Give the children a voice – an analysis of submissions made by Save the Children to the Joint Select Committee on Australia’s Family Law system

The Family Law Act 1975 (Cth) (“the Act”) stipulates a presumption that it is in a child’s best interests for that child’s parents to have equal shared responsibility for the child. Parental responsibility is defined in the Act as all the duties, powers, responsibility and authority which parents have in relation to children. This means that separated parents will have equal responsibility for a child, or children, unless the Family Court is satisfied that the presumption is contrary to the child’s best interests.

The Act clearly states that the best interest of a child must be the paramount consideration of the Family Court when making orders in relation to children. The Act states that the presumption does not apply if there are reasonable grounds to believe that a parent of the child (or a person who lives with the parent) has abused the child (or another child who was a member of the parent’s family at that time), or committed family violence.

It is important to note that the presumption of equal shared parental responsibility does not mean that a child’s parents are entitled to spend equal amounts of time with the child, as highlighted in the Australian Law Reform Commission’s 2019 report entitled Family law for the future – An enquiry into the family law system.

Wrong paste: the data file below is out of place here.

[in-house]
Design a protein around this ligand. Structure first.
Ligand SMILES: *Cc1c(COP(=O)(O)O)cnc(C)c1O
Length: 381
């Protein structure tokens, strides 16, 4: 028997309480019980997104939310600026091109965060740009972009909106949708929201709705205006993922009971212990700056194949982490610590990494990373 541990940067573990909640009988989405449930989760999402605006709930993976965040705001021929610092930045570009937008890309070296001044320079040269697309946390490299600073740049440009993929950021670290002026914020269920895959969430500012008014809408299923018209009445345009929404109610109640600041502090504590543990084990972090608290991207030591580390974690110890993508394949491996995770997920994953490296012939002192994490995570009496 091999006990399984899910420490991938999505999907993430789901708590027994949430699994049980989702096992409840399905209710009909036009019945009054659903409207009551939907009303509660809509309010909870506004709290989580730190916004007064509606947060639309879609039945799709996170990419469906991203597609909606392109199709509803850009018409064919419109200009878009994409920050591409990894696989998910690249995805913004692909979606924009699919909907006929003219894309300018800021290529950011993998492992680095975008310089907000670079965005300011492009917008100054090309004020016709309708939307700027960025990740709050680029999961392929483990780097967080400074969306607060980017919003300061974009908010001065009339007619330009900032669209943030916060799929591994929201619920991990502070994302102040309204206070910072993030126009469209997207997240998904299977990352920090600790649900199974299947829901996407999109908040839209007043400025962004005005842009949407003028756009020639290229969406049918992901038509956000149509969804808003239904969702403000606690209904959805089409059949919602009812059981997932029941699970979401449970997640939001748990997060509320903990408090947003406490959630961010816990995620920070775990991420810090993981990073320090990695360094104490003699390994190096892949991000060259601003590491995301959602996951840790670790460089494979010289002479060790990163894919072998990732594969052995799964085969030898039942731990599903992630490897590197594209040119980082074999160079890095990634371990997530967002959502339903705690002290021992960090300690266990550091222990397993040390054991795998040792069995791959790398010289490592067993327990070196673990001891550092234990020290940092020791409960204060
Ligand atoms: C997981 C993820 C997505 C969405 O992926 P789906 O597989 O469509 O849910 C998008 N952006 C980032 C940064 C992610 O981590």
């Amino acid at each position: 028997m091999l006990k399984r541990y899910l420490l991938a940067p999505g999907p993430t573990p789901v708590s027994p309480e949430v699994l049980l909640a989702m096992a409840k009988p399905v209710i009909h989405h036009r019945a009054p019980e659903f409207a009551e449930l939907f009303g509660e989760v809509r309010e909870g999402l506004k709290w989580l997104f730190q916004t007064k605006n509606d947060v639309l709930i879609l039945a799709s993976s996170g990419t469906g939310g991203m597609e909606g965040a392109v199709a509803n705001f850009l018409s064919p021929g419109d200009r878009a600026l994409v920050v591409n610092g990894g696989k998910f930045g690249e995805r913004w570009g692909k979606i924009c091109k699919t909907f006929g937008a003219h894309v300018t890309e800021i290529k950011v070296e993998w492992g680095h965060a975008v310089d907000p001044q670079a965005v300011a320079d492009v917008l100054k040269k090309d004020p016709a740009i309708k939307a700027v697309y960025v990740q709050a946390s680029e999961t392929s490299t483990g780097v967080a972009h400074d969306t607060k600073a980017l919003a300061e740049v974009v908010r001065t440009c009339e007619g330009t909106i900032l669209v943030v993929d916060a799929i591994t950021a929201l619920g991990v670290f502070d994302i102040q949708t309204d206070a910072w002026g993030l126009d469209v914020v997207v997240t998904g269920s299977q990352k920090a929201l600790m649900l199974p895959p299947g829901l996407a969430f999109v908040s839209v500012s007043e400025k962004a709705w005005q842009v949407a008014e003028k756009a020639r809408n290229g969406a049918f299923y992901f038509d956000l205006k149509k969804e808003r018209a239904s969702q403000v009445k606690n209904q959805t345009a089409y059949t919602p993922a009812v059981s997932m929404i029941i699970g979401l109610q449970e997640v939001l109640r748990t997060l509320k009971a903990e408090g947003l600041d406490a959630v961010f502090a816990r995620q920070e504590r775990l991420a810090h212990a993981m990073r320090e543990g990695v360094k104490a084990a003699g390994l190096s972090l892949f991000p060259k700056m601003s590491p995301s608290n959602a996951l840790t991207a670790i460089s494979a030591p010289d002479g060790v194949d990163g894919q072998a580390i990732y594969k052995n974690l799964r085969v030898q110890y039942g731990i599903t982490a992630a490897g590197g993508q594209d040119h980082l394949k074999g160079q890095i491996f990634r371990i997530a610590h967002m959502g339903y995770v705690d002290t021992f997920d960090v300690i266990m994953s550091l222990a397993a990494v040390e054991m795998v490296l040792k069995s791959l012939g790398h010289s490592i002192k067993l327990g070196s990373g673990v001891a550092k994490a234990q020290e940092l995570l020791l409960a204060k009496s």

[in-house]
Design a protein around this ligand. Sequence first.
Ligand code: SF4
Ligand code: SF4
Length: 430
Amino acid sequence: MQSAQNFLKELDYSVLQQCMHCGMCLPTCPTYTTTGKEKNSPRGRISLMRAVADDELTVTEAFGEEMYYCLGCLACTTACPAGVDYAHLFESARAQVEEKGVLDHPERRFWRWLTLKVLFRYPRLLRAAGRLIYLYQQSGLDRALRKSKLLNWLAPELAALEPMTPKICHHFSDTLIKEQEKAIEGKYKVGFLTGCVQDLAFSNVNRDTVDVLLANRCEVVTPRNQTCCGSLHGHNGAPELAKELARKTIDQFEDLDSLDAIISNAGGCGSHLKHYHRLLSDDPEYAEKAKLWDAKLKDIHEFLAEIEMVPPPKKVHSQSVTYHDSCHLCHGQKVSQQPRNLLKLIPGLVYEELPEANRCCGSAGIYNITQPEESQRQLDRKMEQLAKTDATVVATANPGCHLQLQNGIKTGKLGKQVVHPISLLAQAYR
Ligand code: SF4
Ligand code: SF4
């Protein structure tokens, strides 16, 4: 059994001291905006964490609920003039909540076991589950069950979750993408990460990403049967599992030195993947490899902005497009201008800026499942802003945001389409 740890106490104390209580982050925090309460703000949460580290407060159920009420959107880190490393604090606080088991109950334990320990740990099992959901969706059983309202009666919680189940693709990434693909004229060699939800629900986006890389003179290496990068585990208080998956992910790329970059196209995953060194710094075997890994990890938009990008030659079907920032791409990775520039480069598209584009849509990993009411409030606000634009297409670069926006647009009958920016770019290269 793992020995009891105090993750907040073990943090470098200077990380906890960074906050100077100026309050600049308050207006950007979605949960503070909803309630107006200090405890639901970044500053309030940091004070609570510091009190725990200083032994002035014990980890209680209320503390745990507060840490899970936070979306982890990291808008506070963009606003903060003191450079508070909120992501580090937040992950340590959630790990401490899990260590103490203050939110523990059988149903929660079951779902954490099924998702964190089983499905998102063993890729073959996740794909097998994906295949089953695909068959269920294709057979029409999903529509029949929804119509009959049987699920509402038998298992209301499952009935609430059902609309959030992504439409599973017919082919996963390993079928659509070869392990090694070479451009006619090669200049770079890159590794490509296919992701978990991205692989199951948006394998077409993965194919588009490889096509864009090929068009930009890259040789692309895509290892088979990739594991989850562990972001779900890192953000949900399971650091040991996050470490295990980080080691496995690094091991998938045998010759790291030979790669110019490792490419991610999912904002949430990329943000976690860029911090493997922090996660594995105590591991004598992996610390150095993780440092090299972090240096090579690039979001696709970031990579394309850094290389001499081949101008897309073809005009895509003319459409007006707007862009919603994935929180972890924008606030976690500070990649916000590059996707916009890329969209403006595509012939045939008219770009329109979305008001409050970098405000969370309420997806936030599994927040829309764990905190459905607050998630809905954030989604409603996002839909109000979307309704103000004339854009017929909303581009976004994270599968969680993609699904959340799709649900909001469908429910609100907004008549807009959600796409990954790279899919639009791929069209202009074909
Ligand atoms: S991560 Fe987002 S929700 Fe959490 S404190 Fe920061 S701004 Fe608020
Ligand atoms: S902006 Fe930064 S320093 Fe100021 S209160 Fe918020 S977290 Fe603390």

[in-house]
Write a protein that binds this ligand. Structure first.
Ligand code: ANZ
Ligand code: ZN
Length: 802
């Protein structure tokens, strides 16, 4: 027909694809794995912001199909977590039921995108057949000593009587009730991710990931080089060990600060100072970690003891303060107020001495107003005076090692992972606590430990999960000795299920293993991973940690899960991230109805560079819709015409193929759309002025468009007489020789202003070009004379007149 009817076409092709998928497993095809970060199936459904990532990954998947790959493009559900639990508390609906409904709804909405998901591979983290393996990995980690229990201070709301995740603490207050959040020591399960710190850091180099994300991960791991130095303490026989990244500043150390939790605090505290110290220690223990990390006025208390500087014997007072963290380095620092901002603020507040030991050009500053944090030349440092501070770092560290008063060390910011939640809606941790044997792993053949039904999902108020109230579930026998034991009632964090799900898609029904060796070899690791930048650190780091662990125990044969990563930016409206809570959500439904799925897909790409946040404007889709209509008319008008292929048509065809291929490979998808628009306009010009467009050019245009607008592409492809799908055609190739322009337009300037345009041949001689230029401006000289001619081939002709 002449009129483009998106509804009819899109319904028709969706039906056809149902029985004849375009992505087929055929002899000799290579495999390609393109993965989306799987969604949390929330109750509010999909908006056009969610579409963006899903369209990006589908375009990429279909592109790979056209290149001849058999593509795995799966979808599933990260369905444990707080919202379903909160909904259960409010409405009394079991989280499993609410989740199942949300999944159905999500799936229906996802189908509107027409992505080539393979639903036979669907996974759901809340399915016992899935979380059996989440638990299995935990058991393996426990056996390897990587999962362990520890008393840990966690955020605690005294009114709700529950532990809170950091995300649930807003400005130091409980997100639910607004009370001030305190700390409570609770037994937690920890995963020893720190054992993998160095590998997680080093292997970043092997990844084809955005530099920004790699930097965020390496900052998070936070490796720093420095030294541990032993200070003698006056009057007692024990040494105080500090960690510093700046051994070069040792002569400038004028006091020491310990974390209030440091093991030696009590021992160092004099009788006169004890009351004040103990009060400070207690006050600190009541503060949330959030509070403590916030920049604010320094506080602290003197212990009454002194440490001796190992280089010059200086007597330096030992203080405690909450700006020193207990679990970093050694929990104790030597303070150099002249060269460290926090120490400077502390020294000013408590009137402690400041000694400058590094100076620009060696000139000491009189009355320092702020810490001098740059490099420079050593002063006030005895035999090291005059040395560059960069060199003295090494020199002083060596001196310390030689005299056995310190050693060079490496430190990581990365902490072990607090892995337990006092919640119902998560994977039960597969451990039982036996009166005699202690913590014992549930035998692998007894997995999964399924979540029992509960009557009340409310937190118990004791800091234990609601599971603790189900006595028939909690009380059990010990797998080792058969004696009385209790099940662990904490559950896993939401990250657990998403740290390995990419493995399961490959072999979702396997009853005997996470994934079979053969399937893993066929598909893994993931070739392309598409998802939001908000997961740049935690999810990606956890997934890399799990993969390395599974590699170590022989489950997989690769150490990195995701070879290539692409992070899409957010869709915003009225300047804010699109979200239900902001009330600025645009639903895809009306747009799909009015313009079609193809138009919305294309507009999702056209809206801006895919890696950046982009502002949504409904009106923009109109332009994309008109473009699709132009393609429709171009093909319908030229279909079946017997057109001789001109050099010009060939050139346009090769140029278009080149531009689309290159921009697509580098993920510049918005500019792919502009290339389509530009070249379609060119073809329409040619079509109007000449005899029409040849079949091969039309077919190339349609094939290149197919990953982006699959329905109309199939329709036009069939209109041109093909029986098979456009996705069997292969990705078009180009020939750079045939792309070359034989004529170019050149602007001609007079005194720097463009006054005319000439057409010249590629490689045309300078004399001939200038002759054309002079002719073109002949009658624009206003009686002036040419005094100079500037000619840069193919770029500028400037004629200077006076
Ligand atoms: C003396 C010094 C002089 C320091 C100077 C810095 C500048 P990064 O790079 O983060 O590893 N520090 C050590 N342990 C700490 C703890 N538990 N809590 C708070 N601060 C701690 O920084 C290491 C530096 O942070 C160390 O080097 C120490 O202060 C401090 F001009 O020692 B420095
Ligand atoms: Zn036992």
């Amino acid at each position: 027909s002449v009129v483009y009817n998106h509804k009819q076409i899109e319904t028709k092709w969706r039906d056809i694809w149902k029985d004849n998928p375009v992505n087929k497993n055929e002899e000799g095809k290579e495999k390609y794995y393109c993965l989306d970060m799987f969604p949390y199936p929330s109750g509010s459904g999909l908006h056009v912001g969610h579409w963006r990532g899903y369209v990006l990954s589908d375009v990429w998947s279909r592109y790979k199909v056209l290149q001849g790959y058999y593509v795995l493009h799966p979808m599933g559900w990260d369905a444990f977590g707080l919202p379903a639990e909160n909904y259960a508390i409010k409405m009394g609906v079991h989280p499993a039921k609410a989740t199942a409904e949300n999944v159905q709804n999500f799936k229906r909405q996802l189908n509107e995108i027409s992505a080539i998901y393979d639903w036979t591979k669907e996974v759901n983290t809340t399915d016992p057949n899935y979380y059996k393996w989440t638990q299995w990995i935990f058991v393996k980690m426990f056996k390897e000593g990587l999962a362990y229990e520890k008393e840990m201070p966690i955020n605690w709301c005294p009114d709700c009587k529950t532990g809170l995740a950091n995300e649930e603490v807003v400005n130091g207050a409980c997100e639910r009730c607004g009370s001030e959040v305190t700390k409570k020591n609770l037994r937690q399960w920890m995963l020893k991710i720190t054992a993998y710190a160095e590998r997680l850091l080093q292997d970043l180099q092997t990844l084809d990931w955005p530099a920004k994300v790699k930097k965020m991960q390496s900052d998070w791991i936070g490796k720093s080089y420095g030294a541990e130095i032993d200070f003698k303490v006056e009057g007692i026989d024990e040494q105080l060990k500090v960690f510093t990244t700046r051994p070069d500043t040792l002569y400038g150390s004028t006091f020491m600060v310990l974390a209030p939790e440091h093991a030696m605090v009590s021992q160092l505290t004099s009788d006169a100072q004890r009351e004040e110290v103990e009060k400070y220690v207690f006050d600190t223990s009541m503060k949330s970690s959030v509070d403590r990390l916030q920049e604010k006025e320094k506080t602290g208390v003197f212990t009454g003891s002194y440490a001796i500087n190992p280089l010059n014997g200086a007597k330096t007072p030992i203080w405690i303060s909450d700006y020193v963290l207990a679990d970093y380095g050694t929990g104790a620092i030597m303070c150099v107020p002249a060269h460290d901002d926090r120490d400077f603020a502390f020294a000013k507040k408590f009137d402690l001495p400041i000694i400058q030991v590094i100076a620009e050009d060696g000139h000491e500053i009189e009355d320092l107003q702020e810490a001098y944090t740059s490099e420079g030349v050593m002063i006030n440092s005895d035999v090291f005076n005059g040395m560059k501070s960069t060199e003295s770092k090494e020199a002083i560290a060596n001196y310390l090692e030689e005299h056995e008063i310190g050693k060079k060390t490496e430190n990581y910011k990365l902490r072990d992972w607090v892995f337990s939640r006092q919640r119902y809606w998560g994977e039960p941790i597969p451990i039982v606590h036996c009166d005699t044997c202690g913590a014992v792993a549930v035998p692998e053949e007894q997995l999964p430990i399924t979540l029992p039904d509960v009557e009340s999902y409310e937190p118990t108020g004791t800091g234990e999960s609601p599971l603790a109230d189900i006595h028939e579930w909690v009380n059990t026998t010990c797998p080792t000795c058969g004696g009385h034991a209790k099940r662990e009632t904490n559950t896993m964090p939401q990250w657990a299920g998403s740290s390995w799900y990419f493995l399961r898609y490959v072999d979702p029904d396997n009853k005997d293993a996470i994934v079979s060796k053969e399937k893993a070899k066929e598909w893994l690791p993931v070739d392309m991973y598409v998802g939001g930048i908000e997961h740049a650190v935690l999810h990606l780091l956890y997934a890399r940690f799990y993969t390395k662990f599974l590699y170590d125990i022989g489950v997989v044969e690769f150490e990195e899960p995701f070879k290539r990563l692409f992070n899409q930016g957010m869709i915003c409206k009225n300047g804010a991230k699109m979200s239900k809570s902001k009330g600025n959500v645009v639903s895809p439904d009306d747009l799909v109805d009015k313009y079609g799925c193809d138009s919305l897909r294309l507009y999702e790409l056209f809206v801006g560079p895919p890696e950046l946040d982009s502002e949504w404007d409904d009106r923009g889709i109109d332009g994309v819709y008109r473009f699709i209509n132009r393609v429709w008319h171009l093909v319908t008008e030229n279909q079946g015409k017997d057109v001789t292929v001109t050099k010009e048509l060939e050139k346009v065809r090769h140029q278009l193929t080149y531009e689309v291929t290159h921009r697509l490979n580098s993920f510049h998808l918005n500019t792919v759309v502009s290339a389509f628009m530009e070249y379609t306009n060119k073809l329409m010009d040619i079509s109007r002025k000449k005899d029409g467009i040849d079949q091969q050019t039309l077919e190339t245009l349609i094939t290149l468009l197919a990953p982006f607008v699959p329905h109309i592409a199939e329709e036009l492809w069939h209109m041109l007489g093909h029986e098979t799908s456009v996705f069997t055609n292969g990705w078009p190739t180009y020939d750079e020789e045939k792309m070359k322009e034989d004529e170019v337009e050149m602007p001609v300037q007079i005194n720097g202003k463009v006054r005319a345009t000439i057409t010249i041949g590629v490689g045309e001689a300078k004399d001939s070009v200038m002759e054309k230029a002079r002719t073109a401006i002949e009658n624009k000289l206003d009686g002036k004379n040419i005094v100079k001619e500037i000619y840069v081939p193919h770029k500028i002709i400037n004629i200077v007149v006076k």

For clarity, the Act states that the Court is only required to consider whether it is in the best interests for a child to spend equal time with each parent.  No mandate exists for orders providing for equal time. There is no presumption of equal time, only of equal parental responsibility, so long as that presumption is not inconsistent with the best interests of the child insofar as a child is not exposed to abuse or family violence.

Despite the provisions of the Act, on 16 December 2019, submissions made by the CEO of Save the Children, Paul Ronalds, to the Joint Select Committee on Australia’s Family Law System, argued that the Family Court continues to facilitate parents spending time with children, notwithstanding that this is harmful to these children.

The submissions made by Mr Ronalds, on behalf of Save the Children, were highlighted by journalist Nick Bonyhady in his article in the Sydney Morning Herald on 29 December 2019 entitled “Equal parental responsibility is failing children, enquiry says”. Nick Bonyhady reports that Mr Ronalds has submitted to the Committee that the enquiry has failed to adequately or appropriately address child protection matters arising in the family law system.

In his submissions to the Committee, Mr Ronalds contends that the presumption of equal shared parental responsibility has created confusion and led to the Court making orders providing for equal time arrangements in circumstances where this is harmful to children. In these circumstances, Mr Ronalds has called for the removal of the presumption of equal shared parental responsibility from the Act, asserting that the exceptions contained in the legislation are inadequate in terms of protecting children from harm.